“I’m interested in the history of the East Bloc as an interesting experiment about an ideal world which crashed for different reasons,” says Ukraine’s Yulia Yefimtchuk. Her work is among the boldest. The word 'communism' is written on the arms of dresses and military-style sashes for her spring/summer 2017 collection. 'Socialism' is written on the collar of a top that recalls gritty black-and-white images of the Soviet military.
“I am keen on the artistic heritage of the East Bloc. The art bears a strength and a sense which I find inspirational, always,” she says.
Yefimtchuk is not alone. “This is now popular,” she adds. “Many designers are digging into this history. It is hard to judge who is interpreting it better. Among the most interesting are Gosha Rubchinskiy, Demna Gvasalia (Vetements, Balenciaga), and Nina Donis.”
“Her [Yefimtchuk’s] work heavily references Soviet propaganda and graphics. She does a lot of historical research but she uses the past to consider modern social issues,” says Niamh Tuft, a programme manager for the British Council, who is working on the International Fashion Showcase that hosts such designers.
A return to textiles once considered frumpy is found in Estonian Marit Ilison’s work. She used Soviet blankets for her collection Longing For Sleep. “It started from my conceptual art project combining my personal feelings, cultural background and sustainable design,” she says.
Russia’s Ekaterina Tkachenko was inspired by Russian Inuits (or Chukchi) for L’Enfant Roi, her 2013 collection marking her graduation from Italy’s Polimoda fashion school. Her designs featured outlandish faux fur on suits, and drawings of the “notorious figure of Russian President Putin”.
“It was an attempt to see Putin from a cultural point of view,” she says. “His personality has acquired a cultural and historical context, making him not only a politician, but also a cultural phenomenon. His controversial figure has almost become a part of contemporary pop culture.”
Rubchinskiy, meanwhile, turned his attention for spring/summer 2016 to Aleksander Rodchenko, a Russian artist who played a key role in the constructivist movement, an artistic philosophy which rejected art ‘for art’s sake’ and favoured art as a practice for social purposes.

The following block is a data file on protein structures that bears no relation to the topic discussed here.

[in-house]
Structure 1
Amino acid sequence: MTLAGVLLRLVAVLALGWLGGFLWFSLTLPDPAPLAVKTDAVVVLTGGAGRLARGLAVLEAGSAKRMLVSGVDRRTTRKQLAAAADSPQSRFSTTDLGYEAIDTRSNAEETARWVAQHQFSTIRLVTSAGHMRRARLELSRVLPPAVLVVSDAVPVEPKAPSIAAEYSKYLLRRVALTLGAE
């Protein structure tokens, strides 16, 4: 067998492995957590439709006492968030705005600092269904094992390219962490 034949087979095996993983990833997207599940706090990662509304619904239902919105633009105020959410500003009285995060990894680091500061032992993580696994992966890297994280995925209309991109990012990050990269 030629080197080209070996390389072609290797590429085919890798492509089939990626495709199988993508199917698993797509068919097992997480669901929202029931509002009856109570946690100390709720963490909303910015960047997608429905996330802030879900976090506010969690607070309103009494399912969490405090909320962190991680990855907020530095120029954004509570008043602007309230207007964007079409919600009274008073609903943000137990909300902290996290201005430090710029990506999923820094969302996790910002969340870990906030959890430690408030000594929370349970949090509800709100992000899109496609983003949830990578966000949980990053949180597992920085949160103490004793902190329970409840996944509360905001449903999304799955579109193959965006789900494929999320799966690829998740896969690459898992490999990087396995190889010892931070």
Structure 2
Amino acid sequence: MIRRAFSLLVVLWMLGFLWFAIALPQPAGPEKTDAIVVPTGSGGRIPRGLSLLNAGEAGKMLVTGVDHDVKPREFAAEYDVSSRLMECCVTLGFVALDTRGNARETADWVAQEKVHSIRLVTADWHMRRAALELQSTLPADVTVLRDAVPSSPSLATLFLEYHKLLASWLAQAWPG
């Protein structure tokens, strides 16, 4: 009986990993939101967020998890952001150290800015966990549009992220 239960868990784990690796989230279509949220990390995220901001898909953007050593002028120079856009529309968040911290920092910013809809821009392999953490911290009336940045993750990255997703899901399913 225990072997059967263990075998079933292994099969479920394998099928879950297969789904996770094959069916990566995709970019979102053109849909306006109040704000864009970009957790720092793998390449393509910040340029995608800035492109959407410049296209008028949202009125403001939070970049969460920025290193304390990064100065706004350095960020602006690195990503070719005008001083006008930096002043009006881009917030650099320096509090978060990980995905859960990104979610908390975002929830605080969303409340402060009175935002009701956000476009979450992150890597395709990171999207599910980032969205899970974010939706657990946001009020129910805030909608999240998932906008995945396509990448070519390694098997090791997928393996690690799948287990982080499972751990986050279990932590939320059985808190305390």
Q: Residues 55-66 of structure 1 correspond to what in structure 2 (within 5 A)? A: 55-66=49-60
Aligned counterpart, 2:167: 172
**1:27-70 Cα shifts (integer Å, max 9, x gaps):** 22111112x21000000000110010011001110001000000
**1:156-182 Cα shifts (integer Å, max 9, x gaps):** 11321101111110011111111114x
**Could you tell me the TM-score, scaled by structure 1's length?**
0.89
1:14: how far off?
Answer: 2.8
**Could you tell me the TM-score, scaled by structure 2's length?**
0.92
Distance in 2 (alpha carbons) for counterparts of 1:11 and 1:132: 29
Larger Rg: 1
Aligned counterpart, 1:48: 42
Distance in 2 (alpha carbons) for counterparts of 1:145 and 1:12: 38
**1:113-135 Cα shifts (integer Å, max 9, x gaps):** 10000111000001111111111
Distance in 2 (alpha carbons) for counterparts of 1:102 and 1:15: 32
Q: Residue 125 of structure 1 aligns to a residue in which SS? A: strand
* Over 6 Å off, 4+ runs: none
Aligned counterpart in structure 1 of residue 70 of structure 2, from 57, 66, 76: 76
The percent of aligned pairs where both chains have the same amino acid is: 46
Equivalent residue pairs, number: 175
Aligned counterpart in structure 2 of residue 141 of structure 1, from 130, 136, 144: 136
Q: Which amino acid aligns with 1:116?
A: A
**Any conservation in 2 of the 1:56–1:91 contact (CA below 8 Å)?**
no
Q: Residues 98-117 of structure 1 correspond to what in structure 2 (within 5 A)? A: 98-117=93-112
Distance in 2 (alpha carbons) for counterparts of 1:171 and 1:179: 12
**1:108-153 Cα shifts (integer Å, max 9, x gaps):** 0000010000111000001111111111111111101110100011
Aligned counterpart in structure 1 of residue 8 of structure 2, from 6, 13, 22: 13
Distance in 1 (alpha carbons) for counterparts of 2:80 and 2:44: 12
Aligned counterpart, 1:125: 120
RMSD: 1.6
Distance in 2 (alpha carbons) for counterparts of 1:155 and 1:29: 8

“In the 1920s, constructivist artists engaged in dress and textile design, like Rodchenko, Varvara Stepanova (his wife) and Liubov Popova, embodying Bolshevik anxieties concerning fashion as a carrier of status and gender difference,” says Bartlett. Contemporaries like Alexandra Exter created Art Deco style dresses while Popova worked on a socialist flapper dress, she notes, adding that none were made due to economic instability.
“The rise of Stalinism, “crashed the Bolshevik utopian project”, she continues. “From the 1930s on, the new stylistic expression was socialist good taste, which embellished the original proletarian austerity with new categories of modest prettiness and conventional elegance.”
For some of the designers focusing on this era, their interest is in disappearing worlds, with personal histories and national pride often interwoven heavily into their designs.
Featured in dark photographs, socialist workers were the focus for Slovakia’s Jakub Straka for his collection in 2016. He looked to artist Dominik Skutezk. “At the end of his long career he focused on showing the working class. The Slovak painter Ladislav Mednyánszky, and his work about iron workers, was also inspirational,” he says.
In the Czech Republic, Tereza Rosalie Kladošová’s nostalgic 2015 collection, Cottages, included bright pieces inspired by tradition and kitsch. “The Czech holiday cottage is an architecture of dreams and boundless possibilities,” she says. “It’s also a vanishing Czech phenomenon.”
My collections have a deep relation with our culture and history - Dora Zsigmond
“My collections have a deep relation with our culture and history,” says Hungarian designer Dora Zsigmond. For her autumn/winter 2016 collection, she established a relationship between a 1960s Hungarian film, The Roundup, and the Hungarian Revolution of 1956. Her contemporary, Dóri Tomcsányi, “draws from childhood memories of happy days in the Eastern Bloc,” invoking the Labour Day parades from Socialist Hungary for spring/summer 2017 and the retro glamour of the former national airline Malév for autumn/winter 2017.
For spring/summer 2015, fashion brand Situationist used a Georgian flag in a nod to Mother Georgia, a symbol of its home nation. “Georgia has a rich history and culture. Our character is unique, due to our history of resistance,” says Situationist designer Irakli Rusadze. “Georgian women did incredible things before, during and after the fall of the Soviet Union. Strength and resistance fit my work, so does the Georgian flag. It is also my way to address social problems facing Georgian women today.”
In a touching turn to the past, Lithuanian brand D.efect’s autumn/winter ’18 collection draws on photographs from 1970s Soviet Lithuania from creative director Egle Ziemyte’s mother’s collection, explains Ieva Zu, the founder of Fashion Bloc, an agency representing independent brands. “The 1970s in the Soviet Union, although politically disturbing, can also bring warm childhood memories,” says Zu. “Especially aesthetically with a sepia-like colour palette drawing on the past.”